Applications can help cities fight crime and improve other aspects of public safety. Deploying a range of applications to their maximum effect could potentially reduce fatalities (from homicide, road traffic, and fires) by 8 to 10 percent. In a high-crime city with a population of five million, this could mean saving up to 300 lives each year. Incidents of assault, robbery, burglary, and auto theft could be lowered by 30 to 40 percent. On top of these metrics are the incalculable benefits of giving residents freedom of movement and peace of mind.

Daily commutes faster and less frustrating

Tens of millions of people in cities worldwide begin and end every workday fuming in traffic or piling into overcrowded buses and trains. Improving the daily commute is critical to the quality of life.

By 2025, cities that deploy smart-mobility applications have the potential to cut commuting times by 15 to 20 percent on average, with some people enjoying even larger reductions. The potential associated with each application is highly variable, depending on each city’s density, existing transit infrastructure, and commuting patterns. In a dense city with extensive transit, smart technologies could save the average commuter almost 15 minutes a day. In a developing city with more grueling commutes, the improvement might be 20 to 30 minutes every day.
In general, cities’ well-used transit systems benefit from applications that streamline the experience for riders. Using digital signage or mobile apps to deliver real-time information about delays enables riders to adjust their routes on the fly.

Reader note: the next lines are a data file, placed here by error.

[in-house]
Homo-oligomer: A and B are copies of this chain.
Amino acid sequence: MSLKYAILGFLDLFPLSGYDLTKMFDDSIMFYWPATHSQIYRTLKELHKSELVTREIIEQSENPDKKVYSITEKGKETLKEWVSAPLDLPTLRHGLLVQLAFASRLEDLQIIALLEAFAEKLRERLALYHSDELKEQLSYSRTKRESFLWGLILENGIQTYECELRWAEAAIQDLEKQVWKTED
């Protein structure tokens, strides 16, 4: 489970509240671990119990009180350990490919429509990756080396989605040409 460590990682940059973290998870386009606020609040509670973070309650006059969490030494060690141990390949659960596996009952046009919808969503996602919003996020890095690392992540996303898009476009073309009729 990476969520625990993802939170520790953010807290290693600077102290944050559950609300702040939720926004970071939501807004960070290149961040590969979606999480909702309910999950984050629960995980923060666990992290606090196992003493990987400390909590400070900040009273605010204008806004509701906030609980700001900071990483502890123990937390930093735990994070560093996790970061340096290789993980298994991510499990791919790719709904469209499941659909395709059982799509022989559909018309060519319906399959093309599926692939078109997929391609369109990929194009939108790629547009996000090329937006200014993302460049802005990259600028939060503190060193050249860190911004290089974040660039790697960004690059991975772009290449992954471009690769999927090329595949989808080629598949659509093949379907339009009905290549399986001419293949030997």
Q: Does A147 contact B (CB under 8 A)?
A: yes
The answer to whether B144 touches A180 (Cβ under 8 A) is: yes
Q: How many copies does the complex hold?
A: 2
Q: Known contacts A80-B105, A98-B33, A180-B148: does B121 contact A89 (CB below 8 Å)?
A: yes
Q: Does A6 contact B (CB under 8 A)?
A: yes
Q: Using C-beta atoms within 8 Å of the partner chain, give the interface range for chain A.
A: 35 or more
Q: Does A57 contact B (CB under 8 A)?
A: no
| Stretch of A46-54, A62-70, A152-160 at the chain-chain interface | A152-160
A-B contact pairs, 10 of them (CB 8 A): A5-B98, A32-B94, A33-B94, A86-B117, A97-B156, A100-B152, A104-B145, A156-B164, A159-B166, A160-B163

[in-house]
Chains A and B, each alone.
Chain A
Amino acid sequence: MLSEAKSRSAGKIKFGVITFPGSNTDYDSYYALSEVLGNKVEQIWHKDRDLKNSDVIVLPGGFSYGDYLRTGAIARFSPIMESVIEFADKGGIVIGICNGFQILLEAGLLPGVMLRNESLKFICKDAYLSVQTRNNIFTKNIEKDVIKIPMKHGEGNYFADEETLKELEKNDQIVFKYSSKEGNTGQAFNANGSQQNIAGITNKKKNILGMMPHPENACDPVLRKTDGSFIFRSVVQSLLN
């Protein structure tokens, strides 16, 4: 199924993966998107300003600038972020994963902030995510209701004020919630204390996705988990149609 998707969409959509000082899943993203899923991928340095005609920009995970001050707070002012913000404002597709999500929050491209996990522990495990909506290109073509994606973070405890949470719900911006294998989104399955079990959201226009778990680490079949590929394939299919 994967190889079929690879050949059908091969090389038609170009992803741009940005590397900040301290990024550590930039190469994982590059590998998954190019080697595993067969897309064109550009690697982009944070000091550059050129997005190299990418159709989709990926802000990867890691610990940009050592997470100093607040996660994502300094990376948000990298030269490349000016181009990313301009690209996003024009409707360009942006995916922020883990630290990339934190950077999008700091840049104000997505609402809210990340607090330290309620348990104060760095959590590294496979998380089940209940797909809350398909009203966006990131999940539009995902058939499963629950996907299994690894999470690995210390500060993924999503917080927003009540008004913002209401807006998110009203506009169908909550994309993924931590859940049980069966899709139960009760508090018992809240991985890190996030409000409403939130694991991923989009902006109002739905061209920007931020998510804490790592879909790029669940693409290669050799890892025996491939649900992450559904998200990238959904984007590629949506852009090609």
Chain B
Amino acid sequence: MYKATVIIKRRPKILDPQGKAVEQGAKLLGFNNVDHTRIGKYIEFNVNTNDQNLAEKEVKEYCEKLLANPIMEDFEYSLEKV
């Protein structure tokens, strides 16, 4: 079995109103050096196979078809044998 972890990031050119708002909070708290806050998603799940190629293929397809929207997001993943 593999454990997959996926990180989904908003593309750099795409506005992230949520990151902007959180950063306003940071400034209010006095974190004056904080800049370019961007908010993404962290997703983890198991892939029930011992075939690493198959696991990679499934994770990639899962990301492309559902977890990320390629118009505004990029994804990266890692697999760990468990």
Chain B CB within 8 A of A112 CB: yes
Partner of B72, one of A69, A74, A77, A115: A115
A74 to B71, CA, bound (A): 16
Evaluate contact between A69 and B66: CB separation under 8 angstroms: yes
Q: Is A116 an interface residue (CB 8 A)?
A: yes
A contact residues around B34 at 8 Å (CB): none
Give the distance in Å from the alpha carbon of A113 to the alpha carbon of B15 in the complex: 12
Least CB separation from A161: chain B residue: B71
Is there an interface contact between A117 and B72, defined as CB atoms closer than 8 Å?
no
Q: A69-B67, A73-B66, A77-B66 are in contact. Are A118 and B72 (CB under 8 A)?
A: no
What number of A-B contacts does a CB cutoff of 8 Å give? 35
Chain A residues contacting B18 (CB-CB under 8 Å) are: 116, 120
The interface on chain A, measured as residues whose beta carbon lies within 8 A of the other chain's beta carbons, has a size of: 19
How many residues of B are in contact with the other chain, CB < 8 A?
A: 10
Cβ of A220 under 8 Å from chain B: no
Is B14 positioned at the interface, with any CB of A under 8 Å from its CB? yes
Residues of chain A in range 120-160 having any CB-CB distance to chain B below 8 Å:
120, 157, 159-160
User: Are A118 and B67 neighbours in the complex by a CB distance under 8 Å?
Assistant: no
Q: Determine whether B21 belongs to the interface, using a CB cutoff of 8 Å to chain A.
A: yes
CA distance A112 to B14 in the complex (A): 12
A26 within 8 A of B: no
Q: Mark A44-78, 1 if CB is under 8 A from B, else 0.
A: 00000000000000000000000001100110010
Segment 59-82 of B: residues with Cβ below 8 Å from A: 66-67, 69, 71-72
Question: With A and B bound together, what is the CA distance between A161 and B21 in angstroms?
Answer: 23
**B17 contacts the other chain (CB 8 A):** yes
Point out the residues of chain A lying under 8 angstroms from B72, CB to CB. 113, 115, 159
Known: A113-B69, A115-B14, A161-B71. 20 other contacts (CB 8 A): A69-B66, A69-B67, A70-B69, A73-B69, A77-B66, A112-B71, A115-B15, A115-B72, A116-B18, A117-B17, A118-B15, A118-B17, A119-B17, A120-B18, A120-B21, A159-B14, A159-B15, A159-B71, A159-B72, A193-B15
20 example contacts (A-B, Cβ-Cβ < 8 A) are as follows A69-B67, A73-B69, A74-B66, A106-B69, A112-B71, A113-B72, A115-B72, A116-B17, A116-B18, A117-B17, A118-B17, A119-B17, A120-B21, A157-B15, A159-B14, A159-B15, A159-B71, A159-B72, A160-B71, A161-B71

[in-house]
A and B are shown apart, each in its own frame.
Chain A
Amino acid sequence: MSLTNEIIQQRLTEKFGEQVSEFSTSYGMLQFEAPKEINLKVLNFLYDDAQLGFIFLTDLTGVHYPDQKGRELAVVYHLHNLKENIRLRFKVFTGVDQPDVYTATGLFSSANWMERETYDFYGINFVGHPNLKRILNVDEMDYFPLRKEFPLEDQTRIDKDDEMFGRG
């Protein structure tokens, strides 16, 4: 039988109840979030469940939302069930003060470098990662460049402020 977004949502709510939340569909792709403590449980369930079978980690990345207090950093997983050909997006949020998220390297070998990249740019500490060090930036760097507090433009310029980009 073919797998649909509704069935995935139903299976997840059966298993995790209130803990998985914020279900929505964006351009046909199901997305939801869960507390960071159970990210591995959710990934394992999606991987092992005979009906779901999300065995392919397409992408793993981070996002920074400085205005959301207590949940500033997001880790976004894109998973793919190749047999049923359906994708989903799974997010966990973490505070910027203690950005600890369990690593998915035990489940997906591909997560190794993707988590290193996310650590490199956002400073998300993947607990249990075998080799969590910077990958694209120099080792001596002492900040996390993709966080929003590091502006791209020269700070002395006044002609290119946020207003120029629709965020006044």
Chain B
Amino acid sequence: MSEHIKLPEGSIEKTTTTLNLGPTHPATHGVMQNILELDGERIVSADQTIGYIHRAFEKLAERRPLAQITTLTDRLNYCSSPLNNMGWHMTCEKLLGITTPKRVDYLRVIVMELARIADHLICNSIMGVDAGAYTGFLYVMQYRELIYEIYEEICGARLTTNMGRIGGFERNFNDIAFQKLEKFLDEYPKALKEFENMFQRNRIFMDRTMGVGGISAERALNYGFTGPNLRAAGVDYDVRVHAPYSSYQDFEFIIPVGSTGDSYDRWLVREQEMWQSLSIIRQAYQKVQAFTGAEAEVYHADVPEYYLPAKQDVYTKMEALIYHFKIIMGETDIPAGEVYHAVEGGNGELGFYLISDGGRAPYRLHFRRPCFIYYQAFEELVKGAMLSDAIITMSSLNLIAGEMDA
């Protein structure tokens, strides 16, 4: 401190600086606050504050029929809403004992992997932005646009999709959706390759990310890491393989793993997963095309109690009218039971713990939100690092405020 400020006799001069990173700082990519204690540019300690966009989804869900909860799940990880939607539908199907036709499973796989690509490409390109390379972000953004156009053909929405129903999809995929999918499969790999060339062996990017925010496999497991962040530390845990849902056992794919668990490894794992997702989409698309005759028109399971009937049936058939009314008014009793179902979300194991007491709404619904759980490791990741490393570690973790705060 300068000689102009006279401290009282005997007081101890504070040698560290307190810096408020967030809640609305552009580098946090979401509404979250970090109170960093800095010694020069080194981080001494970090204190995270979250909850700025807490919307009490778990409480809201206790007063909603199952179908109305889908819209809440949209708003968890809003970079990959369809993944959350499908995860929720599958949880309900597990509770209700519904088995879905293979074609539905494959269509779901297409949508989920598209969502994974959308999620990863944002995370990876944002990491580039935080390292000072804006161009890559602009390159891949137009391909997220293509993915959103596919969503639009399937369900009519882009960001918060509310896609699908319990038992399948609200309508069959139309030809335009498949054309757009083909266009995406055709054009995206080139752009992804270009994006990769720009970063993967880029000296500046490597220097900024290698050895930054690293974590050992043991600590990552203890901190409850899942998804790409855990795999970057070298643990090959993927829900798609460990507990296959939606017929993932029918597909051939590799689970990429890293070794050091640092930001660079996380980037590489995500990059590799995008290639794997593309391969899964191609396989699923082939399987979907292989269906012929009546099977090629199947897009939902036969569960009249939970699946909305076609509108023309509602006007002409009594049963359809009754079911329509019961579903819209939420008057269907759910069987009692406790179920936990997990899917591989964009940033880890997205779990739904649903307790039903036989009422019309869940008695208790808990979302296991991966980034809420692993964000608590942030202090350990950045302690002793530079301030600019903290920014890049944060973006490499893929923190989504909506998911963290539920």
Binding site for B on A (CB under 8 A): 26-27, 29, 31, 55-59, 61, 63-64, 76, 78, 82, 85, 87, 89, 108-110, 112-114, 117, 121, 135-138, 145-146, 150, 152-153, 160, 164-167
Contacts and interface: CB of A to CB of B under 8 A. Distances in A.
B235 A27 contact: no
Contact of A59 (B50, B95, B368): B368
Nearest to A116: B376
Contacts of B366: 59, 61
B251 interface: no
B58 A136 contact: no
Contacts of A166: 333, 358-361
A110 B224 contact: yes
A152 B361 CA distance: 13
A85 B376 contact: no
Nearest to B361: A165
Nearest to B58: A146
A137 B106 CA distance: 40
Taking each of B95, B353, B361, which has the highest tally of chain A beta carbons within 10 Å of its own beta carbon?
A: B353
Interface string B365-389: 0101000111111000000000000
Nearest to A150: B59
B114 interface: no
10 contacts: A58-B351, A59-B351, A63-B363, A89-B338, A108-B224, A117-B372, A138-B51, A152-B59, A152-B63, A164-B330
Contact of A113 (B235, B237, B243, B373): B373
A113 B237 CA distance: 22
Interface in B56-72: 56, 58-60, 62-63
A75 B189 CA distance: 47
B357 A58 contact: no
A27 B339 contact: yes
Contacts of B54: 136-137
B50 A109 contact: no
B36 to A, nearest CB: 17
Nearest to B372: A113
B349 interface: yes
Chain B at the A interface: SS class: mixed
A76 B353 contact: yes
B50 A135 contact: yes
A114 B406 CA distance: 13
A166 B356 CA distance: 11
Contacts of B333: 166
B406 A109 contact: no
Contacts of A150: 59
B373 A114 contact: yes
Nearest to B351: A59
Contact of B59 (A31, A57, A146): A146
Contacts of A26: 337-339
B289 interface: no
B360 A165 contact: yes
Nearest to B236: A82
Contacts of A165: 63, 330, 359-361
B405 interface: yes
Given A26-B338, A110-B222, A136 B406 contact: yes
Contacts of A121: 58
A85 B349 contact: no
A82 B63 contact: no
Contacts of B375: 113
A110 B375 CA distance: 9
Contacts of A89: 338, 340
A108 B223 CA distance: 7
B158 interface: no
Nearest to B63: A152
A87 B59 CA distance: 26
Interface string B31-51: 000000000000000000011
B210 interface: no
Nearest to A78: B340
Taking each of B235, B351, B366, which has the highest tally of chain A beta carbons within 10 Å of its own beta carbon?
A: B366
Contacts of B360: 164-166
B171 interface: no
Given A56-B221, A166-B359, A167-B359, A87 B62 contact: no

Cities can be catalysts for better health

The sheer density of cities makes them critical although currently underutilized platforms for addressing health. Recognizing that the role of technology in healthcare is broad and evolving by the day, we analyze only digital applications that offer cities room to play a role. We quantify their potential impact on disability-adjusted life years (DALYs), the primary metric used by the World Health Organization to convey the global disease burden, reflecting not only years of life lost to early death but also productive and healthy life lost to disability or incapacity. If cities deploy the applications included in our analyses to their fullest effect, we see the potential to reduce DALYs by 8 to 15 percent.

Applications that help prevent, treat, and monitor chronic conditions, such as diabetes or cardiovascular disease, could make the biggest difference in the developed world. Remote-patient-monitoring systems have the potential to reduce the health burden in high-income cities by more than 4 percent. These systems use digital devices to take vital readings, then transmit them securely to doctors in another location for assessment. This data can alert both patient and doctor when early intervention is needed, heading off complications and hospitalizations.